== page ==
Indeed, the only positive publicity McLaren generated in the first half of the year was by letting Alonso participate in the Indianapolis 500, a move which would’ve been unthinkable during the Ron Dennis era. The Spaniard relished his time stateside, getting up to speed quickly and mastering the Brickyard. His day was cut short by a Honda engine failure, in a bout of irony that Alanis Morissette would no doubt approve of.
With Alonso in America, McLaren managed to coax an unwilling Jenson Button out of retirement for the Monaco GP. No doubt annoyed at having his autobiography writing sessions interrupted, the former champion phoned in his performance, which ended in a comical yet rather dangerous clash with Pascal Wehrlein’s Sauber.
It took until the chaotic race in Baku for McLaren to trouble the scoreboard, and from then on in a steady stream of minor points finishes trickled in, enough for the team to leapfrog Sauber in the standings. By season’s end Honda had managed to achieve a modicum of respectability, in contrast to the litany of failures plaguing the Renault teams.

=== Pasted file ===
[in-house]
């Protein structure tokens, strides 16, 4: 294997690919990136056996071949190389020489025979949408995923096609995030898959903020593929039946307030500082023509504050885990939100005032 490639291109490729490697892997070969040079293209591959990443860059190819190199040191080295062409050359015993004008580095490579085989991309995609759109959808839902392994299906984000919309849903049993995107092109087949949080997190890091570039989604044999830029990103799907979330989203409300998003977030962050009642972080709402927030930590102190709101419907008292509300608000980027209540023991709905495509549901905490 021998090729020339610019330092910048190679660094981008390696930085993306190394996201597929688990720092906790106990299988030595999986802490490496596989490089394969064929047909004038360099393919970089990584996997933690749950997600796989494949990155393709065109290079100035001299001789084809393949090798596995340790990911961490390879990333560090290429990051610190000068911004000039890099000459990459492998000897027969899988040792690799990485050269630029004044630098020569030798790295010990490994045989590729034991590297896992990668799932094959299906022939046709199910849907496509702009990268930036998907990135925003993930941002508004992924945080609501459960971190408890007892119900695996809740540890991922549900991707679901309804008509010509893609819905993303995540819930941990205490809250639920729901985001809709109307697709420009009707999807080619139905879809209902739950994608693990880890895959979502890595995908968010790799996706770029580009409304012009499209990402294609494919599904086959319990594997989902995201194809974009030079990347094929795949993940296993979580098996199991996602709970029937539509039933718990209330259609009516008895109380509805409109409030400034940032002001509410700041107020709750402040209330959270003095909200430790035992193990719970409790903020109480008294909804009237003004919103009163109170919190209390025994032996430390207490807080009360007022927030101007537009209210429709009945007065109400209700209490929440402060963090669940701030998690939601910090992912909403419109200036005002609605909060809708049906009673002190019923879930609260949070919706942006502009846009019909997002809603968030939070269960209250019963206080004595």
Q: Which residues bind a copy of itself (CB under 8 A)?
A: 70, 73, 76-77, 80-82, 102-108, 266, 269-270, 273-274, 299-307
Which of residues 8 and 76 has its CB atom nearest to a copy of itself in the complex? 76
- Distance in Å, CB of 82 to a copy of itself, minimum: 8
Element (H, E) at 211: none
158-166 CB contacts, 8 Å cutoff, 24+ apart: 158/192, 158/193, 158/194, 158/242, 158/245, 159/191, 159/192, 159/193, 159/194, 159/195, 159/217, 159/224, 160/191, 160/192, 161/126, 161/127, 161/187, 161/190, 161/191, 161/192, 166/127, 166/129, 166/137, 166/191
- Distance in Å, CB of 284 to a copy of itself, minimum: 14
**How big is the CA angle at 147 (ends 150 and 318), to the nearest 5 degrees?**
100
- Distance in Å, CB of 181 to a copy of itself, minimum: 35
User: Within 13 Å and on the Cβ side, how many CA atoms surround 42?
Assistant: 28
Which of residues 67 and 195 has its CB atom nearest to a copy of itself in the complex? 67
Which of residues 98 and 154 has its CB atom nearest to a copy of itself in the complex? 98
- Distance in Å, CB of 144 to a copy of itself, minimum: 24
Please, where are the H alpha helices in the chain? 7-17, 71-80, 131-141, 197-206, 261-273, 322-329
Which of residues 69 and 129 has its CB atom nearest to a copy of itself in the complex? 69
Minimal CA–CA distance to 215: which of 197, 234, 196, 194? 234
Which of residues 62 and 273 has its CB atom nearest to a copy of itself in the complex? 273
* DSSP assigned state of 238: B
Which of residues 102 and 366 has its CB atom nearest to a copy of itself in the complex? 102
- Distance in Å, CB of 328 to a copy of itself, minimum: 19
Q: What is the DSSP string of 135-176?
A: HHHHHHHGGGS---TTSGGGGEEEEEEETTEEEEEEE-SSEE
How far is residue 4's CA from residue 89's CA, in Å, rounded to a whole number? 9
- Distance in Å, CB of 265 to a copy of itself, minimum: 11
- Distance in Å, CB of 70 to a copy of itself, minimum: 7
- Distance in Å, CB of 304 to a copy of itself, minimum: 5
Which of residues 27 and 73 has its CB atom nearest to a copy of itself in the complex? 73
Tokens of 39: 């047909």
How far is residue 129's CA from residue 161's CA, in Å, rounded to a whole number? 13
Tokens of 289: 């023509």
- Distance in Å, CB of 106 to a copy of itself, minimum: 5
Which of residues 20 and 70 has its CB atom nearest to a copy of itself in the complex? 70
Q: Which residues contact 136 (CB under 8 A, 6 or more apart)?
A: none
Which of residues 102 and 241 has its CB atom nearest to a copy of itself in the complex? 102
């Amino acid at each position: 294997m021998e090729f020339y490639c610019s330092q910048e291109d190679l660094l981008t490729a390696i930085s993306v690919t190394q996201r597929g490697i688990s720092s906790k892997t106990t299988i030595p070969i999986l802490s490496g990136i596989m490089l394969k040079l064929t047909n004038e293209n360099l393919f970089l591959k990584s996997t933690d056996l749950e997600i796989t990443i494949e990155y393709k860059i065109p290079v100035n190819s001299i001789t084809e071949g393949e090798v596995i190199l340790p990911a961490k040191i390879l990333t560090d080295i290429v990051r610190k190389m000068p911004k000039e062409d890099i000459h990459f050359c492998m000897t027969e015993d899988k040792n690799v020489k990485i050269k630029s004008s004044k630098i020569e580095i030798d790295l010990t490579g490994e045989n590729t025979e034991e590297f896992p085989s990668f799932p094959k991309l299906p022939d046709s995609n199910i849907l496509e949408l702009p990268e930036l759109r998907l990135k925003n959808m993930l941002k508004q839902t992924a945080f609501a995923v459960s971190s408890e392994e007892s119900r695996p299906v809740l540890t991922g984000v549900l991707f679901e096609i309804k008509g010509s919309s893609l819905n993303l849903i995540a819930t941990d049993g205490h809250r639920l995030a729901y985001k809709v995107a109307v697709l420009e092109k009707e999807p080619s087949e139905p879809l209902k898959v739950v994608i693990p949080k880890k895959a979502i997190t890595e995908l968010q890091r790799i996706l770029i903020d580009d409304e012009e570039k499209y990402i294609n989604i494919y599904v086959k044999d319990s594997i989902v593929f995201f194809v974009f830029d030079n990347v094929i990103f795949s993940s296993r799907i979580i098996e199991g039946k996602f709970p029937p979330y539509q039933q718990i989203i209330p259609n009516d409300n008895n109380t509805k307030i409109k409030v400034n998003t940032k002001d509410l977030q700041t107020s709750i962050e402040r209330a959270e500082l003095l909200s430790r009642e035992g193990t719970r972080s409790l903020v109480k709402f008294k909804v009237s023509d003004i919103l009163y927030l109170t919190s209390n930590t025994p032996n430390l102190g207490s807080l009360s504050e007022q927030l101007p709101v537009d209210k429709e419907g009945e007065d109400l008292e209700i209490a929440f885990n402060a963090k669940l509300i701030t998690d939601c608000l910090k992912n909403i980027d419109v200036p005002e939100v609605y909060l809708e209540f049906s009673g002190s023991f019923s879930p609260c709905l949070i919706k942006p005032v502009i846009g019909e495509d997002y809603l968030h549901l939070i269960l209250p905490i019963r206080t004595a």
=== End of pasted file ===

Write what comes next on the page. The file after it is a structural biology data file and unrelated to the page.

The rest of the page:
By then though the Honda/McLaren relationship had spluttered past the point of no return. For 2018 it’s customer Renault power for McLaren, a move which should see Alonso and Vandoorne heading towards the sharp end of the field. However, it remains to be seen whether the team can absorb a £60 million hole in their budget, a consequence of Honda’s departure.
1st – Jolyon Palmer
Jonathan Palmer’s son was confirmed at the factory Renault squad for 2017 in a manner which suggested the team didn’t actually want him. This was an omen for how his season would pan out.
To give Palmer his dues he had managed to match Kevin Magnussen over the course of 2016, and it wouldn’t take a huge amount of imagination to believe he would be able to perform similarly against new team mate Nico Hulkenberg. The reality was rather quite different.
In sixteen attempts, Palmer never outqualified his team mate. Over this same period Hulkenberg racked up 34 points and several appearances in Q3. Renault were embroiled in a tight battle for sixth overall with Toro Rosso and Haas during the season. Palmer’s impression of a boat anchor effectively meant Renault were showing up to fight with one hand tied behind their back.
The only bright spot was Singapore, where Jolyon navigated his way through terrible weather and heavy attrition to bring home sixth, his best finish in Formula One. It was too little, too late though.
Renault had negotiated a deal for Carlos Sainz Jr to partner Hulkenberg for 2018. This was then brought forward to where the Spaniard replaced Palmer for the race in Austin. Which leads us to the kicker; Sainz was immediately up to speed in an unfamiliar car and scored points on his Renault debut, giving Hulkenberg a serious wake-up call in the process.
A reserve role in Formula One or a Formula E race seat appears to be Palmer’s most likely destination for 2018 and beyond.